The chants of women from the ili (village)in Bontoc, Mountain Province echoed throughout the Chico River, calling for the return of the body of an 11-year-old boy, who was swept by current on Nov. 22.
The boy’s body resurfaced downstream after three days of search by the community.
In those three days, men and women from the community helped in whatever they can to assist the 13 teams from various groups that labored day and night to find the boy.
Netizens were updated with the series of posts by the Provincial Government of Mountain Province, which recognized the spirit of og-ogfu or bayanihan, which is an automatic community reflex in times of hardships.
Bontoc elders said og-ogfu is an act witnessed time and again among the people of Bontoc especially in times of anap or search for a missing person and during other adversities.
Police earlier reported the victim and two of his friends went swimming at the Chico River in Kadchog, Bontoc Ili on Nov. 22.
His two friends went ahead and swam across the other side of the river and when it was the victim’s turn, he was swept by the current 10 meters away from them until he was no longer seen.
During the search and retrieval (SAR) operations, women and other volunteers prepared meals for the search teams.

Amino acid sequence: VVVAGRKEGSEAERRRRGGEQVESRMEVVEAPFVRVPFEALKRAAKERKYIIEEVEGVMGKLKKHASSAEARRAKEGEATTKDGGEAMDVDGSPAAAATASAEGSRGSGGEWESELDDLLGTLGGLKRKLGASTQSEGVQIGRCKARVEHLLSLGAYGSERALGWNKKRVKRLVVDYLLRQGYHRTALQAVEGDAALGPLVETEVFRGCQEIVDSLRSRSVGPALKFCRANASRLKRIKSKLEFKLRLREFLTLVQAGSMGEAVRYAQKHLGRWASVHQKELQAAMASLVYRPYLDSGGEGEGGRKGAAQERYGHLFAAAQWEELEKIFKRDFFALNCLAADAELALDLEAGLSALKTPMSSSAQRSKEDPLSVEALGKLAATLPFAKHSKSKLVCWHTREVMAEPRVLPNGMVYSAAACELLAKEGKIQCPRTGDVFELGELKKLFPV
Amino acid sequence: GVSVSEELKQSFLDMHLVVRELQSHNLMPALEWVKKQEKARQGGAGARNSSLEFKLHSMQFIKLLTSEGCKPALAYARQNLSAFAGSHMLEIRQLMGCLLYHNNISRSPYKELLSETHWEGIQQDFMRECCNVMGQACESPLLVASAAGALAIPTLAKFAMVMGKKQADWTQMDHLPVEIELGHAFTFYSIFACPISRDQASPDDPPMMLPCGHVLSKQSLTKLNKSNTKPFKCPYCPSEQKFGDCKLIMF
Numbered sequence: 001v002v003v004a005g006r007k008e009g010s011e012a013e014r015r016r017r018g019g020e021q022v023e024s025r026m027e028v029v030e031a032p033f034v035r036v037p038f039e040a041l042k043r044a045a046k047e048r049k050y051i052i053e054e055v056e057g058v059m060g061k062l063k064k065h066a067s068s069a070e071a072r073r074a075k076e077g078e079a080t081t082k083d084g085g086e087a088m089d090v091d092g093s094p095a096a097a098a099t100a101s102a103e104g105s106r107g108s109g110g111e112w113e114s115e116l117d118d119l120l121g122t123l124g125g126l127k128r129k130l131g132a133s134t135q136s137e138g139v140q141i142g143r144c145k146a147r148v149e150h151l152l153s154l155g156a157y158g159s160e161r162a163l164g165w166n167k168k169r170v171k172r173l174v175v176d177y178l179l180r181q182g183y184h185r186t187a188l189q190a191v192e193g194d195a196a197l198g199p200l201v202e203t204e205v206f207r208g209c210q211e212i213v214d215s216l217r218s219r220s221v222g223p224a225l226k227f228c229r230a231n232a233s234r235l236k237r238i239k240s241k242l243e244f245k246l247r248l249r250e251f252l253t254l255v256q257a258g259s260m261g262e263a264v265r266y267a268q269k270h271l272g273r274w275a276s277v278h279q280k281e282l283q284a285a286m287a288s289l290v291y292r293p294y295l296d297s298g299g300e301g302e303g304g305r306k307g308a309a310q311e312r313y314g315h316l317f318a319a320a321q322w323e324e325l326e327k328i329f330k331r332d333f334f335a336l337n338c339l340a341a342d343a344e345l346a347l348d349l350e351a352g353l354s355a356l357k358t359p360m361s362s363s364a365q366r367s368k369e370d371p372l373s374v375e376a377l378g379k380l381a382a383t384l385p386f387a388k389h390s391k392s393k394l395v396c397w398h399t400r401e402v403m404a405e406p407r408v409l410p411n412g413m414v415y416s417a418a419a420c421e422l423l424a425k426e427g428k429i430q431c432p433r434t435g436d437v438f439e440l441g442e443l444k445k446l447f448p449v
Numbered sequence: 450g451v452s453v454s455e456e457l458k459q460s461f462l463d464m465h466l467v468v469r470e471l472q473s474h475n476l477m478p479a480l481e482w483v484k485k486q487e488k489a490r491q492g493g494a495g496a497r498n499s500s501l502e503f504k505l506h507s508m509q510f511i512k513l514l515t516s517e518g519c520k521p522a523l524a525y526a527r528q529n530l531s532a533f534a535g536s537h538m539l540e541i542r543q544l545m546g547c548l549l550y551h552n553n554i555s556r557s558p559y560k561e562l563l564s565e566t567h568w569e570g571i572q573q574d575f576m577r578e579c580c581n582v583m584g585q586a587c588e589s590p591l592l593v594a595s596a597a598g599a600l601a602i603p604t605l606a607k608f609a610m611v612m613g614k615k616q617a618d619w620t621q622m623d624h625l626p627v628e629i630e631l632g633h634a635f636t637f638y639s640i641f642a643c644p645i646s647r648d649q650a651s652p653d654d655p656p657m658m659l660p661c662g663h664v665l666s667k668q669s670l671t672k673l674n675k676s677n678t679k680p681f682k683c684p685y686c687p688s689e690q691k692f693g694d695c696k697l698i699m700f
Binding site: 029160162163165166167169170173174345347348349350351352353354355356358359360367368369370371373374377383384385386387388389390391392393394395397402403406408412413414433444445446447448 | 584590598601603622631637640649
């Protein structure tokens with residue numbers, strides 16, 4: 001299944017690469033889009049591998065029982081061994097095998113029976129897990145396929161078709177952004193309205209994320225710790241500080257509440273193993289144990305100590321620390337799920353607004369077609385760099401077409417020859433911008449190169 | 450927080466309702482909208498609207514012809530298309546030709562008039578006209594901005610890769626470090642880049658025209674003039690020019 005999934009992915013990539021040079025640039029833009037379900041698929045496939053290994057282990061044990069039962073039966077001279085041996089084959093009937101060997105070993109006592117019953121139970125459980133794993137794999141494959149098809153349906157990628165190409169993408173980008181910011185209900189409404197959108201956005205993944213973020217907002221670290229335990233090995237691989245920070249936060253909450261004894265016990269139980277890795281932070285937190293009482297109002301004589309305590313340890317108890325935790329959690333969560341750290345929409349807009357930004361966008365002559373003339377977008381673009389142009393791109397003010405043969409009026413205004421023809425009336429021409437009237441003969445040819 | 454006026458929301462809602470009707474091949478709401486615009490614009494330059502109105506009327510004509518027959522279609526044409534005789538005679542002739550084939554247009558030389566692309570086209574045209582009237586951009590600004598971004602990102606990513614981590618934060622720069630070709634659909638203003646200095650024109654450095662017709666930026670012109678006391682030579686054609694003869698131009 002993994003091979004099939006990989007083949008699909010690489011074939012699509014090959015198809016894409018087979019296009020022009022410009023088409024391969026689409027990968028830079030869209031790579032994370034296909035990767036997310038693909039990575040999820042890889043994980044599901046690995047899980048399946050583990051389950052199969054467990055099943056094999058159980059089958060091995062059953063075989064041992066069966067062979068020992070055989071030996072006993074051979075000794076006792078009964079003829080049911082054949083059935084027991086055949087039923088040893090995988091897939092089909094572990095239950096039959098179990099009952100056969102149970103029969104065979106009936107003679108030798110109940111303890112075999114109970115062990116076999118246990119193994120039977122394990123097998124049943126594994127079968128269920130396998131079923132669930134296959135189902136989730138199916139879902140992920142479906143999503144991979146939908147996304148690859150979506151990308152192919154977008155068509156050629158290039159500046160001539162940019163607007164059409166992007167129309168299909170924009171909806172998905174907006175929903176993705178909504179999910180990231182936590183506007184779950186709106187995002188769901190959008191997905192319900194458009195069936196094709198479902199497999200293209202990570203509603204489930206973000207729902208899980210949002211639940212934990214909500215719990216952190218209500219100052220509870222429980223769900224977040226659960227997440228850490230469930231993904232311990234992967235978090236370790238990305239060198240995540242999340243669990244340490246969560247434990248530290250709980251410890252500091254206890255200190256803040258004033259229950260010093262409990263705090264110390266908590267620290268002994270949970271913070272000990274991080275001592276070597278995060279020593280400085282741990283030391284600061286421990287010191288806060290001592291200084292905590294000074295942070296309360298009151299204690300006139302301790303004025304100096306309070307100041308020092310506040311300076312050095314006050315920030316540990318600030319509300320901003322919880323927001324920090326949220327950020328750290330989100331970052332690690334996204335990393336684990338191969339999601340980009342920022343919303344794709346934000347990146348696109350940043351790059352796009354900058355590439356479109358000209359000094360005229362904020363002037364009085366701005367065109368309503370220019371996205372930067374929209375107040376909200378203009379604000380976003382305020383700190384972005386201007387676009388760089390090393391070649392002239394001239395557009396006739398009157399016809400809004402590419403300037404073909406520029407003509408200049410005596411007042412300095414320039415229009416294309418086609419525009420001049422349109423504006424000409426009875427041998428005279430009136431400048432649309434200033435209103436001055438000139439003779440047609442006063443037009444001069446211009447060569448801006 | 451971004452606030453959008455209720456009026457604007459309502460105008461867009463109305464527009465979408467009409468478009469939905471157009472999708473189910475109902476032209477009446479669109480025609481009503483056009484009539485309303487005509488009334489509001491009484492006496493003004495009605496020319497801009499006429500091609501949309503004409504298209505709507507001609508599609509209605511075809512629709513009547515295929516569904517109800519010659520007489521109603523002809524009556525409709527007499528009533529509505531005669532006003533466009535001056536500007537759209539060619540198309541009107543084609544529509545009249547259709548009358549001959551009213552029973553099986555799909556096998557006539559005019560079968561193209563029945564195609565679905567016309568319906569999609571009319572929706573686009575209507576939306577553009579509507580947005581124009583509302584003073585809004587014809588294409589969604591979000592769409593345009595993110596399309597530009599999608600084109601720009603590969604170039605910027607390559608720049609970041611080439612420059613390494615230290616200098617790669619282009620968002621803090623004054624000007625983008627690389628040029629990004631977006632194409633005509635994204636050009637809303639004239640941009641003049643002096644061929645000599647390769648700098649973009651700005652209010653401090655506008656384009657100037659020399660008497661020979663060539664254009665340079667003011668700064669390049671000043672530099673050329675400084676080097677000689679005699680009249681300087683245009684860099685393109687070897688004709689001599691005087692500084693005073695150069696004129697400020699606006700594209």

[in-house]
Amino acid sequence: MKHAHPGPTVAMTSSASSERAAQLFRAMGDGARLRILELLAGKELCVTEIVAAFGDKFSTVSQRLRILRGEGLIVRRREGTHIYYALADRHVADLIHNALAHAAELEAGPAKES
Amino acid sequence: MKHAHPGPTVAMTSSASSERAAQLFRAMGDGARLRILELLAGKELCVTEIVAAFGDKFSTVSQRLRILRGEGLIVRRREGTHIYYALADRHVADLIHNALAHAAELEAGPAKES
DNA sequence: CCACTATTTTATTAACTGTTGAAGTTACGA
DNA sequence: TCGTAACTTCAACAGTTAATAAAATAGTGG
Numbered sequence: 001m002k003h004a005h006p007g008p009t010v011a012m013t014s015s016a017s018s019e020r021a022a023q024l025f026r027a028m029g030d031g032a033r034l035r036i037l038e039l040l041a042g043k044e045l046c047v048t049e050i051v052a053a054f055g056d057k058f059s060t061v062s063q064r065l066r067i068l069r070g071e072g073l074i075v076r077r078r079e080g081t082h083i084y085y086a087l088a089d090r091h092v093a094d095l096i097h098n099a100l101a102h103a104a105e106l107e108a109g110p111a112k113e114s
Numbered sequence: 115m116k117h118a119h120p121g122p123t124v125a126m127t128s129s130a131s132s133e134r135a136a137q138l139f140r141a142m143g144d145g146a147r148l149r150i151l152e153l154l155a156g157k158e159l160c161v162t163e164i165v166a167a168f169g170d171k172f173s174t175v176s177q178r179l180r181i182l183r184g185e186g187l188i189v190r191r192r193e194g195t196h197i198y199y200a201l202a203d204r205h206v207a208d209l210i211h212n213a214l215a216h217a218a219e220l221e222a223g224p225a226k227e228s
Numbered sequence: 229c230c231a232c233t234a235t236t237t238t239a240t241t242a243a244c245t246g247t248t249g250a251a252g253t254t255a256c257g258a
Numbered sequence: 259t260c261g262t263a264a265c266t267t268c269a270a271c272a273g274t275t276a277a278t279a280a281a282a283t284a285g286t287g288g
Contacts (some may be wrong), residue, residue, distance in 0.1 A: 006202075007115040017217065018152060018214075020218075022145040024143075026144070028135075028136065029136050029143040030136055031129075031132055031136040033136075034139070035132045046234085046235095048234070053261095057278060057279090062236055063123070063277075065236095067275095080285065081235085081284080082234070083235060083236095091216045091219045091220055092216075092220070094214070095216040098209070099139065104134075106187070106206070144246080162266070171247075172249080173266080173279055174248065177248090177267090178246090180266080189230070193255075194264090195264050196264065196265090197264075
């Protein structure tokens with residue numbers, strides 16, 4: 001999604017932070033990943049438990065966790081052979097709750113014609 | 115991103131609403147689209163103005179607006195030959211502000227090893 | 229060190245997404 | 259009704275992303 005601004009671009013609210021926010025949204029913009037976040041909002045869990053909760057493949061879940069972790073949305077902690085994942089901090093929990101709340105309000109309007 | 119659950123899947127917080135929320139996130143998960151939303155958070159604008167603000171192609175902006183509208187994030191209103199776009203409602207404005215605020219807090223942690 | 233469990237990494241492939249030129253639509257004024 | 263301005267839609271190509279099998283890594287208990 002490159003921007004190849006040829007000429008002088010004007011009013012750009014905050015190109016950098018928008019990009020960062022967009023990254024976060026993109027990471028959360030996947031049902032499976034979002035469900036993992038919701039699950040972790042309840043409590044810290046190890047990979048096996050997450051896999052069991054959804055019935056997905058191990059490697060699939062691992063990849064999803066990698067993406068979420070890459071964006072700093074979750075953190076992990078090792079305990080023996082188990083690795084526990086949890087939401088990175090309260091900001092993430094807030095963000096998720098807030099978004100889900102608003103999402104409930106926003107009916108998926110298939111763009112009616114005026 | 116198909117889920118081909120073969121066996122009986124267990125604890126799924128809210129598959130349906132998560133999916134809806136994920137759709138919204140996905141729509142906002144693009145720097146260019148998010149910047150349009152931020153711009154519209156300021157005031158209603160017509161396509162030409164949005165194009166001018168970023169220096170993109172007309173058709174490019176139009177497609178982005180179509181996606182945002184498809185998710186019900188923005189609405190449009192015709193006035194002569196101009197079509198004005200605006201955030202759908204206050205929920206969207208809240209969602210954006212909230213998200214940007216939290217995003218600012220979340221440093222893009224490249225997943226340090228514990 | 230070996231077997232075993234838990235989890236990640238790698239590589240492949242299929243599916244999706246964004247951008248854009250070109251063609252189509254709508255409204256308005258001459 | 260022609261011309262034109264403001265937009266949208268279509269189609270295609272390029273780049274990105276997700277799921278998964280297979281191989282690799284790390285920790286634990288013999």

In-kind and cash donations also poured in from the community to help defray the expenses for the SAR operations.
Donations included rice and other food items, bottled water, and firewood, among other things. The women also chanted all day long along the riverside, asking the Almighty and their ancestors to lead the teams to where the boy’s body could be found.
The Provincial Disaster Risk Reduction and Management Office also helped with the use of heavy equipment through the night, to divert the water from the part where the boy was allegedly sucked underwater.
At 3:45 p.m. of Nov. 24, one of the search teams reported that the boy’s body was found floating downstream at Sitio Alawey, Barangay Tocucan, Bontoc.
His remains were interred before daybreak on Nov. 25 following Bontoc’s burial tradition. – Ofelia C. Empian